While most political analysts were focused on whether the Liberals would hold on to their minority government, something else was happening throughout election night: the People’s Party of Canada (PPC) popular vote count continued to rise. In fact, they more than doubled the votes for the Green Party. In 2019, the PPC had almost 300,000 votes. But this election, at last count, the current total is more than 800,000—more than double that of two years ago. While none of the candidates in the PPC—not even leader Maxime Bernier—has won a seat, the party has been able rally the angry anti-maskers and those opposed to pandemic health measures under their far-right umbrella. A closer look at some of those who’ve joined the party include those who were rejected by the Conservative party or gained some degree of notoriety from racist rhetoric, or are opposed to pandemic health protections. And almost a million Canadians support them.

Although the rise of far-right populist rhetoric and groups is not unique to Canada, the federal government has been largely silent about the public safety risk it poses to Canadians—especially Black, Indigenous, and racialized people and women. Hate crimes have increased by 37 per cent in the last year and the proliferation of online hate groups in Canada is of particular concern. According to recent international studies, Canadians are among the most active in online right-wing extremism, which includes spreading racist, white supremacist and misogynistic views, and plotting acts of violence. While the United States has received the bulk of media attention for the rise in far-right ideology and violence in their country, the disturbing fact is, that Canada produces more far-right online content per web user than any other country. The violent inclinations, and ability to wield social media to recruit and radicalize younger Canadians, must be understood more broadly than the current lens of trying to address individual hate crimes: this is a group mentality.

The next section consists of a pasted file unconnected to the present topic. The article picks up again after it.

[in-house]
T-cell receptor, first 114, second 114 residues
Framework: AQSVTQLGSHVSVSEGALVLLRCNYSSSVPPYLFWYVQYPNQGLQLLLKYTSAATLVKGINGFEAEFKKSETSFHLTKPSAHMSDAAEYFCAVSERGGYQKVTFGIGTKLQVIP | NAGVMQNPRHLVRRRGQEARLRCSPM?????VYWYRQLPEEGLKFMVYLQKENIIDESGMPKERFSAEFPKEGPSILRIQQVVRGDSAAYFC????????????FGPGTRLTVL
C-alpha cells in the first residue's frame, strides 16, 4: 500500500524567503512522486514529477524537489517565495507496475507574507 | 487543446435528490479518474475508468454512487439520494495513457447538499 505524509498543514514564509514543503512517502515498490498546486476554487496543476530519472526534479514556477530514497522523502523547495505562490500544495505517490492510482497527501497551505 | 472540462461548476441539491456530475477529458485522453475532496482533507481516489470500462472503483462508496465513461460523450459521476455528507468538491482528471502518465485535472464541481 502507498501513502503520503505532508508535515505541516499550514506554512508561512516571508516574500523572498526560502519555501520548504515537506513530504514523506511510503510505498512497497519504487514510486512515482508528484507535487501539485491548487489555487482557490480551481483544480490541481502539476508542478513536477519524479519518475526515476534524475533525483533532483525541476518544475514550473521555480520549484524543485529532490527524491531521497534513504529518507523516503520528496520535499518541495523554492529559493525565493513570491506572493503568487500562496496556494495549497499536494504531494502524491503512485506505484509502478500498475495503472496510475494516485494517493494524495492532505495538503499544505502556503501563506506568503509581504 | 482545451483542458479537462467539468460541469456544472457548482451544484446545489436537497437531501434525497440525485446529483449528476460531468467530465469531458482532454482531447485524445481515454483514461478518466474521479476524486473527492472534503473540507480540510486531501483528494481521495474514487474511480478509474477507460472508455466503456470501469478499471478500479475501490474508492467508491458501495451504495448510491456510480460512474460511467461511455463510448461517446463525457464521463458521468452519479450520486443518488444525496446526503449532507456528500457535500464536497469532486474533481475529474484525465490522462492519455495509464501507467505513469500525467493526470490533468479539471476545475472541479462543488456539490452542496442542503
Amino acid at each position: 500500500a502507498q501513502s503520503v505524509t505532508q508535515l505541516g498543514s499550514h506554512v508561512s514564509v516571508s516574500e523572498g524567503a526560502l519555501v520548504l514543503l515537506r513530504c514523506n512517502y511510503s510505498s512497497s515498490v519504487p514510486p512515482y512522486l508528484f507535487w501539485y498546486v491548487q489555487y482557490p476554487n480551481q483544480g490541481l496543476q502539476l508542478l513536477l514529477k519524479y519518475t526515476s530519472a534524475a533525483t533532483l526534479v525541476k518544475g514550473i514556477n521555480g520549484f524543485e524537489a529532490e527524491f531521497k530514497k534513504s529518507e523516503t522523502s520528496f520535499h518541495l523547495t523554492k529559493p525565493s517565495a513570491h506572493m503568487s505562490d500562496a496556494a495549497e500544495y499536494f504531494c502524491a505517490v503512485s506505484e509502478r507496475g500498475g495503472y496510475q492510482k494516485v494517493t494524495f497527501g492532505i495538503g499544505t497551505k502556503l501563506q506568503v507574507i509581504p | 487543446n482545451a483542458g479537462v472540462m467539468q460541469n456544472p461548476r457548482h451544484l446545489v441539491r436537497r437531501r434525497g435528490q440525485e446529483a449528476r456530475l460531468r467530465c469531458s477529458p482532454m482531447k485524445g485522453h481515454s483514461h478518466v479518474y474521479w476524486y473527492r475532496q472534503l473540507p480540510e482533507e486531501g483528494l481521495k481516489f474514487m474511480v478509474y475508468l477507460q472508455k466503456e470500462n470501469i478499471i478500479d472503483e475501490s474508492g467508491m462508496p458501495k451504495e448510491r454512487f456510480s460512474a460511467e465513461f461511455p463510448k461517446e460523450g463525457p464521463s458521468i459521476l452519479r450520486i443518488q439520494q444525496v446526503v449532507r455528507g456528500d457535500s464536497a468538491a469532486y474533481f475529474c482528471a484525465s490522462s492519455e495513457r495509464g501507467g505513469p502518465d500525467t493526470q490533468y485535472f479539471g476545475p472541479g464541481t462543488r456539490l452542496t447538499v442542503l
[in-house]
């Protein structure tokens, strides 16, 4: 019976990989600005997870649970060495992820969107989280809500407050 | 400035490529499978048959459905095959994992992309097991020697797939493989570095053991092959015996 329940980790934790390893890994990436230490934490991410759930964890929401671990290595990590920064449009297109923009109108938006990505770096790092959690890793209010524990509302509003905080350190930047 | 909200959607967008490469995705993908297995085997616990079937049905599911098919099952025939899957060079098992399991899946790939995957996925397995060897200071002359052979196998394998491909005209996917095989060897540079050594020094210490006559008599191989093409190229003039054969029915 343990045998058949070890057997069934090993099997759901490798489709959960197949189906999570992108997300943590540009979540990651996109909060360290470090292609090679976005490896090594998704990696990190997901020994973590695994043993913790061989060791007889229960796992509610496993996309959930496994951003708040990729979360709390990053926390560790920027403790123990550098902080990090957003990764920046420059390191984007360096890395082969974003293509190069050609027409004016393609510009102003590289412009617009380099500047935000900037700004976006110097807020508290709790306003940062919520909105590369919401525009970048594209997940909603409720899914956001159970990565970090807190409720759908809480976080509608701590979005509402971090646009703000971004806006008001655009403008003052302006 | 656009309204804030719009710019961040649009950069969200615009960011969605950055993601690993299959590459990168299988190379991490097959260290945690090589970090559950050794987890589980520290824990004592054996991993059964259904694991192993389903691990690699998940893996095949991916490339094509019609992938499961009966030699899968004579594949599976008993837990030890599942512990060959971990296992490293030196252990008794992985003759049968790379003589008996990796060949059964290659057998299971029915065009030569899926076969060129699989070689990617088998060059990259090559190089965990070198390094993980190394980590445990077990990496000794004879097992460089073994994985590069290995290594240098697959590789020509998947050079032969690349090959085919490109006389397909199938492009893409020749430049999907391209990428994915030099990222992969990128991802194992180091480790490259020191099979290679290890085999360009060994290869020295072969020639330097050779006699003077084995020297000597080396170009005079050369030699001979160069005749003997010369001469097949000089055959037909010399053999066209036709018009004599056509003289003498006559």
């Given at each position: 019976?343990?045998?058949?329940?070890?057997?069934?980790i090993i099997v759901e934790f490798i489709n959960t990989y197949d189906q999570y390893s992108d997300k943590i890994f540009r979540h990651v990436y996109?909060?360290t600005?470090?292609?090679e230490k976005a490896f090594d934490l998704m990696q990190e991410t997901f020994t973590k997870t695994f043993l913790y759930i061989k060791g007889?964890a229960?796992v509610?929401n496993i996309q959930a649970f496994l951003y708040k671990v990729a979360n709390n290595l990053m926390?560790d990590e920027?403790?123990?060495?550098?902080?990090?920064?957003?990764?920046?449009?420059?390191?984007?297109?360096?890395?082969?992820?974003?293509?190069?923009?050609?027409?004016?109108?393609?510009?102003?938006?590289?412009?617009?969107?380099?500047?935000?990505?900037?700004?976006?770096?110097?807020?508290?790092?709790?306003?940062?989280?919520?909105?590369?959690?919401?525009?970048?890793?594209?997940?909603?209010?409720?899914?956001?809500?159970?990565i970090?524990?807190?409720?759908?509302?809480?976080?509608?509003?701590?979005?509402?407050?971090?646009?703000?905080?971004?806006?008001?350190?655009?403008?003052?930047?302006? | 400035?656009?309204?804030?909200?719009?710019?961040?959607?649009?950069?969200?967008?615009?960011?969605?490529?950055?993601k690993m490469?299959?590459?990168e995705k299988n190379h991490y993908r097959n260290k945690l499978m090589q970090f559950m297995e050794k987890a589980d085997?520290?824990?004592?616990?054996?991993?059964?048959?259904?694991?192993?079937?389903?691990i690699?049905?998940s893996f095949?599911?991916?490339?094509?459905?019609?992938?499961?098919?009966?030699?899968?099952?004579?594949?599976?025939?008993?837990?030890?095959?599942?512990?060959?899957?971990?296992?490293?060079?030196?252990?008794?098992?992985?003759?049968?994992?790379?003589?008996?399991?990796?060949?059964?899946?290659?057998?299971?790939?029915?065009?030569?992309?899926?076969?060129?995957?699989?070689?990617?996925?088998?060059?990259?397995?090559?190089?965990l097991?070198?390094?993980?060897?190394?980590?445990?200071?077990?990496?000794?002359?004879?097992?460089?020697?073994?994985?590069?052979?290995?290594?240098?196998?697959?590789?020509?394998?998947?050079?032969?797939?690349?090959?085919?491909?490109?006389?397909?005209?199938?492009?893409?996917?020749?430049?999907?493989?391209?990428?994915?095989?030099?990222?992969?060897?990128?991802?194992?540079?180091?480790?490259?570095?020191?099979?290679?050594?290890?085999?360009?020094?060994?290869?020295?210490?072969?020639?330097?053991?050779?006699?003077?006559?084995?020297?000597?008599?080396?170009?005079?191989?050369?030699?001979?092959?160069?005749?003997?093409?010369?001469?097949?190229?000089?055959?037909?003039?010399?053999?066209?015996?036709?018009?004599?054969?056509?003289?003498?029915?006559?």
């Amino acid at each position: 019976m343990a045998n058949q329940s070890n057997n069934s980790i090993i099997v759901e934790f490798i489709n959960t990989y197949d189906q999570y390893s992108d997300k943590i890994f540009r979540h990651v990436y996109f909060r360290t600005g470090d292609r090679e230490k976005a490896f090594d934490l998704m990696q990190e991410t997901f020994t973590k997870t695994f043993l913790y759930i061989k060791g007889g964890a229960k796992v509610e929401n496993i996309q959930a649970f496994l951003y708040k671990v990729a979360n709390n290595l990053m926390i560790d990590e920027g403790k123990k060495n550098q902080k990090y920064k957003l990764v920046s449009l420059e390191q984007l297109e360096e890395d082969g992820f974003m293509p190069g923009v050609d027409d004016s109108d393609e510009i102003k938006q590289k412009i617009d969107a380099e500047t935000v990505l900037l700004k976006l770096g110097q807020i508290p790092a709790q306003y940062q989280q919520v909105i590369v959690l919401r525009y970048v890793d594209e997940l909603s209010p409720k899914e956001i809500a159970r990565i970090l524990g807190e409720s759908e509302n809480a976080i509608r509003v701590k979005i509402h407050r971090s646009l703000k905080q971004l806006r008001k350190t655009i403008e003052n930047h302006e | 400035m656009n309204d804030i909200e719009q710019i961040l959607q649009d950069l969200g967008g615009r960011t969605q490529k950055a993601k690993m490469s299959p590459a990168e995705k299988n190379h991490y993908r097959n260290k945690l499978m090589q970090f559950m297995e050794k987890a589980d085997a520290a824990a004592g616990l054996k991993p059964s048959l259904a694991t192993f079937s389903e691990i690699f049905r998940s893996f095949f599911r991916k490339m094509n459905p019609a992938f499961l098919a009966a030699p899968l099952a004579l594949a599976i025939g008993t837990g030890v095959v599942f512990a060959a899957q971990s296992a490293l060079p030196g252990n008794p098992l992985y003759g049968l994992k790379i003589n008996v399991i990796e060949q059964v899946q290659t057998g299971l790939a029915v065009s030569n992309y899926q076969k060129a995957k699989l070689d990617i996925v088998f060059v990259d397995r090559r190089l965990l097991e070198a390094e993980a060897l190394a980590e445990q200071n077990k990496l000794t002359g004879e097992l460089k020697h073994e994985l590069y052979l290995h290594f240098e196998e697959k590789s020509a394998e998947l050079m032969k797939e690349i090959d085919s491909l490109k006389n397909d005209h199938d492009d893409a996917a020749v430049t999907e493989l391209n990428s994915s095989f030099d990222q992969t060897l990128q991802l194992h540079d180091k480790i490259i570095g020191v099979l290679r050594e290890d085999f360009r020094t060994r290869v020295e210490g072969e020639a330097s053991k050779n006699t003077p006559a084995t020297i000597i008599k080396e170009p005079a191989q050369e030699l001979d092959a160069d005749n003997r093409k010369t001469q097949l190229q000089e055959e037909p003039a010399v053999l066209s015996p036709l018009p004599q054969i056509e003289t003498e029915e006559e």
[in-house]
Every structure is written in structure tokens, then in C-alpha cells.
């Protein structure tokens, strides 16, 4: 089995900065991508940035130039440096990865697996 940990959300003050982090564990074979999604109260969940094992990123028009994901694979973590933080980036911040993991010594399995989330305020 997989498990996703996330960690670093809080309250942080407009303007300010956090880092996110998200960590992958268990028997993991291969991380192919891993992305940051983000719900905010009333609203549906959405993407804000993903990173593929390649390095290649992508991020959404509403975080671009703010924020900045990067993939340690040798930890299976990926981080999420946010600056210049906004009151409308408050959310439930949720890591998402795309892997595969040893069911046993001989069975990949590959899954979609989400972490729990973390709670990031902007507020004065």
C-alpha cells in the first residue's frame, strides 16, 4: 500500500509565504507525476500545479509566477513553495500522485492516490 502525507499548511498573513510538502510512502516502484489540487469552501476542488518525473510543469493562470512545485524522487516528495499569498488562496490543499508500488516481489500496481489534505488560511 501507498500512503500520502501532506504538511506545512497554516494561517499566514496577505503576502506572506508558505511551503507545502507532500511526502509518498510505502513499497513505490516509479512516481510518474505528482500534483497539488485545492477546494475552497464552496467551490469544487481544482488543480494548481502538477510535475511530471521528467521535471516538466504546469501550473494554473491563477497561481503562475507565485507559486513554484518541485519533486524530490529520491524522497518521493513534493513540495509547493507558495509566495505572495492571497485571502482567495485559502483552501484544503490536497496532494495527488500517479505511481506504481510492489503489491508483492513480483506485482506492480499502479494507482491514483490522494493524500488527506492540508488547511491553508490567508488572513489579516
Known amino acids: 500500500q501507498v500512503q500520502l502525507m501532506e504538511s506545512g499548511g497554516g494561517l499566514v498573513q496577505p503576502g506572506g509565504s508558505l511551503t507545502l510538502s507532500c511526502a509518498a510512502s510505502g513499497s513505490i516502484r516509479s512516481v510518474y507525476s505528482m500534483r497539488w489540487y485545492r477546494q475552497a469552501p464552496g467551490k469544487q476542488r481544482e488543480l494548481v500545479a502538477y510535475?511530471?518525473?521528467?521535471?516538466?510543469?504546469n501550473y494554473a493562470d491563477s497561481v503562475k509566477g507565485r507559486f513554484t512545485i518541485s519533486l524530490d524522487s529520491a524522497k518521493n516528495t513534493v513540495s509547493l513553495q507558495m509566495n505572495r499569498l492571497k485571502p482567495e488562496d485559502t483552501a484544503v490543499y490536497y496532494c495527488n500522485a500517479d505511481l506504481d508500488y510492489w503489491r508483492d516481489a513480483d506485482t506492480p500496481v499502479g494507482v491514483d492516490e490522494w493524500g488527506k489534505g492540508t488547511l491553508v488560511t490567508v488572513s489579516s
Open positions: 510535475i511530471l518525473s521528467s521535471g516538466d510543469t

READ: Same old balance in Parliament, same old question: Whither the NDP?

The PPC platform contained just the right combination of commitments to speak to those with far-right ideologies, anti-Indigenous views, pandemic gripes and pro-gun attitudes, including their promises to maximize freedom of expression (allow more hate speech); cut funding to universities if they silence those espousing hateful views; cut funding for CBC; cut funding for foreign aide; and lower the number of immigrants and stop the flow of refugees into Canada.

Beneath the surface of these promises are deeply embedded racist views against non-white people which would be bolstered by their plan to repeal multiculturalism laws and cut funding for multiculturalism with a view to forcing integration into Canadian society and culture. This together with the party’s promise to end the ban on military style weapons, is a recipe for disaster that appears to be gaining traction in Canada. While some may see individual incidents of Proud Boys and other white supremacist groups as one-off incidents, we know they are part of a larger phenomenon that is loosely rallying around the PPC. This Liberal minority government must look beyond the politics of the vote count and the fact that neither Bernier nor any of his candidates won any seats and consider carefully at what 800,000 votes for the PPC means in terms of far-right organizing and to public safety in the future.

The post The PPC got more than 800,000 votes, and that should worry all of us appeared first on Macleans.ca.